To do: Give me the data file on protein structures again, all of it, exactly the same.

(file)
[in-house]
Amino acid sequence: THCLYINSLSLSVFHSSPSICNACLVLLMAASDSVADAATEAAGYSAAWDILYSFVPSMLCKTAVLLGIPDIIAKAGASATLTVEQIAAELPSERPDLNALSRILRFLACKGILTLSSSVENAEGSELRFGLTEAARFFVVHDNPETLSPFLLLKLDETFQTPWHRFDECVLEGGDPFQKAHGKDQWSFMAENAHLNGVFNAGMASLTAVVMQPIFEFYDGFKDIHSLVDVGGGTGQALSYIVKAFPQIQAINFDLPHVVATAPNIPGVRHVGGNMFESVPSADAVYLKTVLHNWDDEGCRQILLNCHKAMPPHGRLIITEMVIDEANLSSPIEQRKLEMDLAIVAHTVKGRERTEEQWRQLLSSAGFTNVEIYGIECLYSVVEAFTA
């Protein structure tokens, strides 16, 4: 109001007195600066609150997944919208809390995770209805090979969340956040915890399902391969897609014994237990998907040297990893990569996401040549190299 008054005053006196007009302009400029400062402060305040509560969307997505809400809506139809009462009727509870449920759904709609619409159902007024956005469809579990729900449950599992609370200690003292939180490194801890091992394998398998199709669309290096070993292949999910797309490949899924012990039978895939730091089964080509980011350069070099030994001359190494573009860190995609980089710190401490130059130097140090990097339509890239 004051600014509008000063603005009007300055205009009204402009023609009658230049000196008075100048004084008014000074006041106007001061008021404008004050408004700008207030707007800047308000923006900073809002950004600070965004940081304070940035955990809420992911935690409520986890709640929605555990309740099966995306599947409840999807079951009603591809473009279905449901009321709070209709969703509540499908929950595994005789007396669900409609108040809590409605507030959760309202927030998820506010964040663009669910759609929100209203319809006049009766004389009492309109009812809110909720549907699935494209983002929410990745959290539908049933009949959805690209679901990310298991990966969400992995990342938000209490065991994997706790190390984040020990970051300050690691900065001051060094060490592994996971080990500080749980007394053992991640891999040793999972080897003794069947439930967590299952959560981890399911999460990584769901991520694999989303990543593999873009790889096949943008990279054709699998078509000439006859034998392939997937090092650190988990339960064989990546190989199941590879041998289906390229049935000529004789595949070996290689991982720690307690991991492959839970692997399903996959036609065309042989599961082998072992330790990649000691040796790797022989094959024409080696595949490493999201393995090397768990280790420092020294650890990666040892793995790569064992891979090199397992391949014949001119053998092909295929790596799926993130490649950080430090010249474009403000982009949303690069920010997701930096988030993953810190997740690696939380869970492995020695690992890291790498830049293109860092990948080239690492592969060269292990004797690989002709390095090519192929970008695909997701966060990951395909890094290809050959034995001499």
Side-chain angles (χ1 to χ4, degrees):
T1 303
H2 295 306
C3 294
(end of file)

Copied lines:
[in-house]
Amino acid sequence: THCLYINSLSLSVFHSSPSICNACLVLLMAASDSVADAATEAAGYSAAWDILYSFVPSMLCKTAVLLGIPDIIAKAGASATLTVEQIAAELPSERPDLNALSRILRFLACKGILTLSSSVENAEGSELRFGLTEAARFFVVHDNPETLSPFLLLKLDETFQTPWHRFDECVLEGGDPFQKAHGKDQWSFMAENAHLNGVFNAGMASLTAVVMQPIFEFYDGFKDIHSLVDVGGGTGQALSYIVKAFPQIQAINFDLPHVVATAPNIPGVRHVGGNMFESVPSADAVYLKTVLHNWDDEGCRQILLNCHKAMPPHGRLIITEMVIDEANLSSPIEQRKLEMDLAIVAHTVKGRERTEEQWRQLLSSAGFTNVEIYGIECLYSVVEAFTA
């Protein structure tokens, strides 16, 4: 109001007195600066609150997944919208809390995770209805090979969340956040915890399902391969897609014994237990998907040297990893990569996401040549190299 008054005053006196007009302009400029400062402060305040509560969307997505809400809506139809009462009727509870449920759904709609619409159902007024956005469809579990729900449950599992609370200690003292939180490194801890091992394998398998199709669309290096070993292949999910797309490949899924012990039978895939730091089964080509980011350069070099030994001359190494573009860190995609980089710190401490130059130097140090990097339509890239 004051600014509008000063603005009007300055205009009204402009023609009658230049000196008075100048004084008014000074006041106007001061008021404008004050408004700008207030707007800047308000923006900073809002950004600070965004940081304070940035955990809420992911935690409520986890709640929605555990309740099966995306599947409840999807079951009603591809473009279905449901009321709070209709969703509540499908929950595994005789007396669900409609108040809590409605507030959760309202927030998820506010964040663009669910759609929100209203319809006049009766004389009492309109009812809110909720549907699935494209983002929410990745959290539908049933009949959805690209679901990310298991990966969400992995990342938000209490065991994997706790190390984040020990970051300050690691900065001051060094060490592994996971080990500080749980007394053992991640891999040793999972080897003794069947439930967590299952959560981890399911999460990584769901991520694999989303990543593999873009790889096949943008990279054709699998078509000439006859034998392939997937090092650190988990339960064989990546190989199941590879041998289906390229049935000529004789595949070996290689991982720690307690991991492959839970692997399903996959036609065309042989599961082998072992330790990649000691040796790797022989094959024409080696595949490493999201393995090397768990280790420092020294650890990666040892793995790569064992891979090199397992391949014949001119053998092909295929790596799926993130490649950080430090010249474009403000982009949303690069920010997701930096988030993953810190997740690696939380869970492995020695690992890291790498830049293109860092990948080239690492592969060269292990004797690989002709390095090519192929970008695909997701966060990951395909890094290809050959034995001499």
Side-chain angles (χ1 to χ4, degrees):
T1 303
H2 295 306
C3 294